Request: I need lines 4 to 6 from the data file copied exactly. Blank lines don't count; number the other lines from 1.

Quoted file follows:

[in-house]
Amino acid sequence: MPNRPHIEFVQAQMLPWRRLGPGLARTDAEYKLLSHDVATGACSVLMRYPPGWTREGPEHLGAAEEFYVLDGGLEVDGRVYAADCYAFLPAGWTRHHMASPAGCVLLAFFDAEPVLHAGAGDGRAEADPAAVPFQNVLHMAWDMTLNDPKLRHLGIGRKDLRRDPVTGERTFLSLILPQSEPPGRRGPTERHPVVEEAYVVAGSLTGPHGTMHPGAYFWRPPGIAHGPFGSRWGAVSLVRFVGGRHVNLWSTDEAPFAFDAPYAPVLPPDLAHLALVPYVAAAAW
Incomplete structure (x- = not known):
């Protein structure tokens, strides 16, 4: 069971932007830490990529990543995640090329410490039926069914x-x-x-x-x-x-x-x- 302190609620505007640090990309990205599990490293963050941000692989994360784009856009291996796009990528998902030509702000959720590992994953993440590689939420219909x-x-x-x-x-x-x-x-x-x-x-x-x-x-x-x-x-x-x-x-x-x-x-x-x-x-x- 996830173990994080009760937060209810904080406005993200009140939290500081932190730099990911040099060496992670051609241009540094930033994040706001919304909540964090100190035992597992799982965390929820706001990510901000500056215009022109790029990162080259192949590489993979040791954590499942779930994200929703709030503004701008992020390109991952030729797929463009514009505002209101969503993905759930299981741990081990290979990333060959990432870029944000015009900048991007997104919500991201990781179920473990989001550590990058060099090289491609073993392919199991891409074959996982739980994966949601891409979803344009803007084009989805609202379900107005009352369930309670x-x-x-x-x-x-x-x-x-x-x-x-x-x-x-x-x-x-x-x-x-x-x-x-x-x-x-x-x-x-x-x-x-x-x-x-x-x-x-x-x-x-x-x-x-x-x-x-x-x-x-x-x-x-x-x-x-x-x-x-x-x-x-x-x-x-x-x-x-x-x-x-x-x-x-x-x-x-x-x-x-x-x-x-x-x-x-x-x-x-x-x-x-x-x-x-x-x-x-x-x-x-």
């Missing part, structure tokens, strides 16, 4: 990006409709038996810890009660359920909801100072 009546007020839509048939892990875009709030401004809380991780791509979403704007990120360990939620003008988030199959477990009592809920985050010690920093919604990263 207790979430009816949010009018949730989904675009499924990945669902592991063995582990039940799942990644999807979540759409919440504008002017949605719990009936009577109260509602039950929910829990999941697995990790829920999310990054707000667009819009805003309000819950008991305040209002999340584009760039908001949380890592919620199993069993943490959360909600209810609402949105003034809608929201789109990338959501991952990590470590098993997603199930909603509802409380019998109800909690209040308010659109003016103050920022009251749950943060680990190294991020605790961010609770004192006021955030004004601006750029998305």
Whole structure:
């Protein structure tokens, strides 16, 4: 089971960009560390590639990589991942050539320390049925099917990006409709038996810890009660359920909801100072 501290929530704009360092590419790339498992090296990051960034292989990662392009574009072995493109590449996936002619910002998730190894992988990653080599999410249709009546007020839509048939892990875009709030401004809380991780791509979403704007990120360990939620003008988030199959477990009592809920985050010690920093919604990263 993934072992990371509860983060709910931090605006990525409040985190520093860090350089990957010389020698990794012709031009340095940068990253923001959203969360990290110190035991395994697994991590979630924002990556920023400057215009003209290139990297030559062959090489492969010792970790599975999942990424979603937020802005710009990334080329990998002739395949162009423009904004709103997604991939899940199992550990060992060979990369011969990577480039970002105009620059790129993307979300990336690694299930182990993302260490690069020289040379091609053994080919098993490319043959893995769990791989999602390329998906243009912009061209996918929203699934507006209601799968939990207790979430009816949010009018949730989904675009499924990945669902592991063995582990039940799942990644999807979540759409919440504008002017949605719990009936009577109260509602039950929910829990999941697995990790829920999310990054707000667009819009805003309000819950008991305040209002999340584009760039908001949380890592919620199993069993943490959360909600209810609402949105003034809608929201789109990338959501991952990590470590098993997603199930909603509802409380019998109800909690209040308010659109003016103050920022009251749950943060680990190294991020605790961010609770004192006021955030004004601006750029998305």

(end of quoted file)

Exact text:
């Protein structure tokens, strides 16, 4: 069971932007830490990529990543995640090329410490039926069914x-x-x-x-x-x-x-x- 302190609620505007640090990309990205599990490293963050941000692989994360784009856009291996796009990528998902030509702000959720590992994953993440590689939420219909x-x-x-x-x-x-x-x-x-x-x-x-x-x-x-x-x-x-x-x-x-x-x-x-x-x-x- 996830173990994080009760937060209810904080406005993200009140939290500081932190730099990911040099060496992670051609241009540094930033994040706001919304909540964090100190035992597992799982965390929820706001990510901000500056215009022109790029990162080259192949590489993979040791954590499942779930994200929703709030503004701008992020390109991952030729797929463009514009505002209101969503993905759930299981741990081990290979990333060959990432870029944000015009900048991007997104919500991201990781179920473990989001550590990058060099090289491609073993392919199991891409074959996982739980994966949601891409979803344009803007084009989805609202379900107005009352369930309670x-x-x-x-x-x-x-x-x-x-x-x-x-x-x-x-x-x-x-x-x-x-x-x-x-x-x-x-x-x-x-x-x-x-x-x-x-x-x-x-x-x-x-x-x-x-x-x-x-x-x-x-x-x-x-x-x-x-x-x-x-x-x-x-x-x-x-x-x-x-x-x-x-x-x-x-x-x-x-x-x-x-x-x-x-x-x-x-x-x-x-x-x-x-x-x-x-x-x-x-x-x-």
């Missing part, structure tokens, strides 16, 4: 990006409709038996810890009660359920909801100072 009546007020839509048939892990875009709030401004809380991780791509979403704007990120360990939620003008988030199959477990009592809920985050010690920093919604990263 207790979430009816949010009018949730989904675009499924990945669902592991063995582990039940799942990644999807979540759409919440504008002017949605719990009936009577109260509602039950929910829990999941697995990790829920999310990054707000667009819009805003309000819950008991305040209002999340584009760039908001949380890592919620199993069993943490959360909600209810609402949105003034809608929201789109990338959501991952990590470590098993997603199930909603509802409380019998109800909690209040308010659109003016103050920022009251749950943060680990190294991020605790961010609770004192006021955030004004601006750029998305």
Whole structure: